Although there are significant advantages to sexual reproduction, some species — like this tiny roundworm — are just fine going without.
In fact, these worms haven’t had sex since they originated roughly 18 million years and they’ve survived perfectly fine on their own while maintaining sufficient genetic diversity.
Sexual reproduction is an effective method for rearranging genes and lessening the chances of unwanted mutations, which is why asexual species so commonly go extinct after short periods of time. However, a new study published in Current Biology turns the tables on sexual reproduction with the self-cloning worm, Diploscapter pachys.
“Somehow, the worm fused its ancestors’ six pairs of chromosomes into one pair of huge chromosomes. It did away with a major step of meiosis — the part of the reproductive process where chromosomes reshuffle before splitting into two cells,” reports Rae Ellen Bitchell for NPR.
This trade-off of sex for precise cloning has definite advantages. Plants and animals spend much of their time and resources on sex, including competing for mates and the act of reproducing itself. But for asexual species, reproduction is as simple as making copies of themselves.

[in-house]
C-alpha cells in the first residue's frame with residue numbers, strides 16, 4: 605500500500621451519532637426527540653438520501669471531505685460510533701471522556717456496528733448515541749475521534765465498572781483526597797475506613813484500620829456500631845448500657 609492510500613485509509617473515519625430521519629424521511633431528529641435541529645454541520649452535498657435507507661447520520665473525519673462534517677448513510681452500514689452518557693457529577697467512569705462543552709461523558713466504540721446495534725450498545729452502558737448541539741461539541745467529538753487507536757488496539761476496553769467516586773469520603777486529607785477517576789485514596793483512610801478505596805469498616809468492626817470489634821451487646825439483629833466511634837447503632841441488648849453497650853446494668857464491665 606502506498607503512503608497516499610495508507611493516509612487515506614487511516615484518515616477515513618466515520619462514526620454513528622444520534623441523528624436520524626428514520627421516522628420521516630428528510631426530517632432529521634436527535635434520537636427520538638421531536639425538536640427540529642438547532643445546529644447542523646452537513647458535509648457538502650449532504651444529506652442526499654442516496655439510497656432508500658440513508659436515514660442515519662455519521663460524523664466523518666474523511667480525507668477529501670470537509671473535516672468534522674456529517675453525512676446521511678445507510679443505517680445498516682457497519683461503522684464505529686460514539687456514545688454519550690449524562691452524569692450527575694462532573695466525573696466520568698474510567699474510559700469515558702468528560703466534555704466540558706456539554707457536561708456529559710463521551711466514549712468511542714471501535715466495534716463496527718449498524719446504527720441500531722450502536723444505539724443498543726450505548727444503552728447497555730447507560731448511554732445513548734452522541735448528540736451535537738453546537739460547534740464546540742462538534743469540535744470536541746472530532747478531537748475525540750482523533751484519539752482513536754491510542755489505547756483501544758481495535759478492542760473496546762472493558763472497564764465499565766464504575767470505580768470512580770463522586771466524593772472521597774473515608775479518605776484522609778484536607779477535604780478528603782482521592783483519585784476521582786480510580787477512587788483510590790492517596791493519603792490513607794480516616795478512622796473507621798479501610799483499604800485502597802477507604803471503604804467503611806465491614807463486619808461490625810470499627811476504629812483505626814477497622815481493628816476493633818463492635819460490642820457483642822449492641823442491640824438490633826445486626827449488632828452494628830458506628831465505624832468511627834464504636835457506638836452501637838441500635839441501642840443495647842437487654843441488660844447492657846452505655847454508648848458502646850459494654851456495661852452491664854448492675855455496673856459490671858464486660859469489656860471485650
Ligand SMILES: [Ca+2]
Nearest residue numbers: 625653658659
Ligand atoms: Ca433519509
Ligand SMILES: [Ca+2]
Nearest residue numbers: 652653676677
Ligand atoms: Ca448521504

This roundworm’s impressive form of cloning involves copying its genes with just enough genetic mutation for sustainability while minimizing the chances for defects.
“This phenomenon is a significant one in understanding evolutionary genetics because it runs counter to the widely accepted view that sexual reproduction is required to eliminate deleterious mutations and for adaptation to a changing environment,” David Fitch, one of the study’s co-authors said in a statement.
While research shows that this abstinent worm evolved from parents who practiced sexual reproduction, its own methods seem to be serving the population just fine.